Just follow the money. None of it is in the US. It's not your money. Wake the f*** up.

. said...

Tarp.

Anonymous said...

Our deficit in CA is nearly ten times that. What happens when the state runs out of money. Who's fault is it then? Everyone in the state for not paying enough taxes?

The sad truth is, years ago we began cutting taxes on a MASSIVE scale, because taxpayers insisted on it, and yet those same taxpayers (US) also insisted that there be no commensurate decrease in public services. The public unions are a red herring. If you actually take the time to look at what the states spend money on, and how those programs and activities used to be funded, and how they're funded now, you'll see that state leaders have consistently promised to perform magic, by cutting taxes without cutting programs we all deem important. The public has colluded with our leaders in never looking down the road to the future, and now it's biting us in the ass.

The public sector unions are a scapegoat. Republican leaders hatched a plan (and this was definitely no secret) years ago to destroy public sector unions. Now they have a golden moment to do it. After they succeed, the financial crisis for the states won't be over, but the die will be cast. Private unions, like TAG, will be next. And the sheep will happily line up to do the bidding of their corporate masters.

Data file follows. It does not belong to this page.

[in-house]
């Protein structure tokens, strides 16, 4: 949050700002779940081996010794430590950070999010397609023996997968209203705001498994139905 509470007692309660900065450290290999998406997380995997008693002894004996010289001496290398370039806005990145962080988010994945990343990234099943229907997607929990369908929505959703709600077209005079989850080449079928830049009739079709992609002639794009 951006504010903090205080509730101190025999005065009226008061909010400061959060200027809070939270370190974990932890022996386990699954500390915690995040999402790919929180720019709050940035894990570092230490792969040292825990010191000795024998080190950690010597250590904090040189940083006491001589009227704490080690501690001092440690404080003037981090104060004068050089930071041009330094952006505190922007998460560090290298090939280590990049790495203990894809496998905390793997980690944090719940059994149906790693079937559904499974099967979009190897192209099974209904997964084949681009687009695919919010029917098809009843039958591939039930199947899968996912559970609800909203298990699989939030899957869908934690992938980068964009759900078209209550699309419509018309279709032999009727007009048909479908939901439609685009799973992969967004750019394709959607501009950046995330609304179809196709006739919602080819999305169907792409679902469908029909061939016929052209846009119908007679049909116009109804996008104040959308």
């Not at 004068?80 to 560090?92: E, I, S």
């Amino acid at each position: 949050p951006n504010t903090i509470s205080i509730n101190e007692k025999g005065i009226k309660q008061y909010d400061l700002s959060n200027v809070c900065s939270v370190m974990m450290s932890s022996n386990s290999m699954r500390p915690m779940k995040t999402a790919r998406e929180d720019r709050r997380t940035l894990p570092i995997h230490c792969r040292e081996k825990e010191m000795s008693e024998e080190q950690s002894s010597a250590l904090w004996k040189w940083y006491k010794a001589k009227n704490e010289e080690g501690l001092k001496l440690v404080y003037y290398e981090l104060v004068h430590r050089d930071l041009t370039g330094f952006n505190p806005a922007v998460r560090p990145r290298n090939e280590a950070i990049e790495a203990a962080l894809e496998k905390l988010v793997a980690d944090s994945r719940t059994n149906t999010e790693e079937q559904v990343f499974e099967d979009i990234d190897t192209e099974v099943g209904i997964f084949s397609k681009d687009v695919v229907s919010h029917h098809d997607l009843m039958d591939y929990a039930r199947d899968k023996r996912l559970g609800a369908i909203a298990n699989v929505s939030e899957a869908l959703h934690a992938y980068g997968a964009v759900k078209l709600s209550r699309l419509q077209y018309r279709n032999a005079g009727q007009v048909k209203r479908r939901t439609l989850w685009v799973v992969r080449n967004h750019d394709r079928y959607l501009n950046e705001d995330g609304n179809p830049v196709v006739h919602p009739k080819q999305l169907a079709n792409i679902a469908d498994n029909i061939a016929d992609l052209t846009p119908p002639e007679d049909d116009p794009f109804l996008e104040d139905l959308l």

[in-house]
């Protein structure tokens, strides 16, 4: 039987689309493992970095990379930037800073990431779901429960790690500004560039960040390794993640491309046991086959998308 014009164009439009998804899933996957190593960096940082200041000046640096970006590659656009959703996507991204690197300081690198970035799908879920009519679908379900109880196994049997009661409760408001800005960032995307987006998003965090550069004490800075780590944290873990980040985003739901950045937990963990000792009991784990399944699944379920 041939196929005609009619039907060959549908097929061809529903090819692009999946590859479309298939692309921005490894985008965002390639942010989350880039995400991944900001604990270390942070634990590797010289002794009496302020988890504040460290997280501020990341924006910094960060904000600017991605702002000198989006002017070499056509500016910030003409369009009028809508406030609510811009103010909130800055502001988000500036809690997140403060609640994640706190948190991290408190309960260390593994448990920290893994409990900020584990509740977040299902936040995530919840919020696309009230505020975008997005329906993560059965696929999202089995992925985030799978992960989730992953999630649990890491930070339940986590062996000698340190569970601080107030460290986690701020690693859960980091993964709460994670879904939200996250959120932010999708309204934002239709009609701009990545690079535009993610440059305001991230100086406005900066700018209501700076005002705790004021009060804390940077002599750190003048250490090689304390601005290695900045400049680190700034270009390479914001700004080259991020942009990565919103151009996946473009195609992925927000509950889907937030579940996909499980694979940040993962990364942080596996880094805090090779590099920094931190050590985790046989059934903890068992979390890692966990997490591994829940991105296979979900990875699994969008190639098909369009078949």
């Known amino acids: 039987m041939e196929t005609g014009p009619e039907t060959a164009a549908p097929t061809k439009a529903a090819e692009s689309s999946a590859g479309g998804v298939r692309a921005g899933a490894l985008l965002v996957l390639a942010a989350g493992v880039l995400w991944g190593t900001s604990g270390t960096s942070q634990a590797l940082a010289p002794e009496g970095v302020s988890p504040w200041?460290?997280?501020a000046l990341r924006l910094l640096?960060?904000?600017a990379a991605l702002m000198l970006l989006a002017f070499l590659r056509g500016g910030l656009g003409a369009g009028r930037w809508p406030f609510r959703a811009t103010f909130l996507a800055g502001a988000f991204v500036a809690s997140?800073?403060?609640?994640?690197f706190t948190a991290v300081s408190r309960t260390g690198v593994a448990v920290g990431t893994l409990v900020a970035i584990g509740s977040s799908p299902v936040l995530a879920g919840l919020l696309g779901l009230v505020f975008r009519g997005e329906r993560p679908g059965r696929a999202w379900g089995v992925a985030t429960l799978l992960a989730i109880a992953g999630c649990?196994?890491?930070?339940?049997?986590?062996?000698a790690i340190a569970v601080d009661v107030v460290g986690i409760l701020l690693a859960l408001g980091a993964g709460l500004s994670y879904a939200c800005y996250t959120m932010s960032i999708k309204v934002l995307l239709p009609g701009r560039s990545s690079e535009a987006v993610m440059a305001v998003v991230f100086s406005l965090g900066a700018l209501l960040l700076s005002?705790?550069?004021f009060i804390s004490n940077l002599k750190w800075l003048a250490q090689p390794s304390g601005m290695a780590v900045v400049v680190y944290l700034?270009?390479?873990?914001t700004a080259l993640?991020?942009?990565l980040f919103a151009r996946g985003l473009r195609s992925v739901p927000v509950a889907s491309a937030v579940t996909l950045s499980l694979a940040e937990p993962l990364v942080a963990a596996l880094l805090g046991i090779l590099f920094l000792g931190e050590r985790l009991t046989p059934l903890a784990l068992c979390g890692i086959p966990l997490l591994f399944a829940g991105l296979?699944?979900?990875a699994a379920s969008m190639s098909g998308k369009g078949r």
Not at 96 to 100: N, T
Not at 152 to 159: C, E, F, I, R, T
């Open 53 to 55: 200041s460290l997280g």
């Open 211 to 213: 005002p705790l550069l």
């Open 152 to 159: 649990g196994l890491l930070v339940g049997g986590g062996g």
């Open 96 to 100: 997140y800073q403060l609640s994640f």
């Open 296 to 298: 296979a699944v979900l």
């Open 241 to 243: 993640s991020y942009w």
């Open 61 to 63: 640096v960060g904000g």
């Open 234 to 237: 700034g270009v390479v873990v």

The mantra of the tea party should be 'baaaaa baaaaa.' They're being manipulated by billionaires.

Anonymous said...

"The mantra of the tea party should be 'baaaaa baaaaa.' They're being manipulated by billionaires."

Oh, you mean like George Soros and Al Gore?

Anonymous said...

No, like the Koch brothers.

Not all the rich are bad, but some definitely are. Now go ahead and try and defend the Koch brothers.

Anonymous said...

The sad truth is, years ago we began cutting taxes on a MASSIVE scale, because taxpayers insisted on it, and yet those same taxpayers (US) also insisted that there be no commensurate decrease in public services. The public unions are a red herring. If you actually take the t

What are you talking about?

California has THE highest state income tax rate in the nation. We also have nearly 10% sales tax rate here in greater Los Angeles.

The union pension funds in most California counties are completely insolvent. For tax payers to make up the difference you are looking at outrageous European type tax rates that border on 60% of income. You must have been buying into someone's altered take on this if you believe tax cuts created it.

What created this is that the public employee nions strong armed (r flat out bribed) the legislature to approve pension funding plans that were based on boom years of our economy. They presented a plan that would only be sustainable if the state had 8% growth for eternity - and any college economics student would have told them that this was a fantasy. What they did was exactly what the crooks on Wal Street did during the housing market boom. They presented fraudulent numbers and misrepresented the stability of the funds.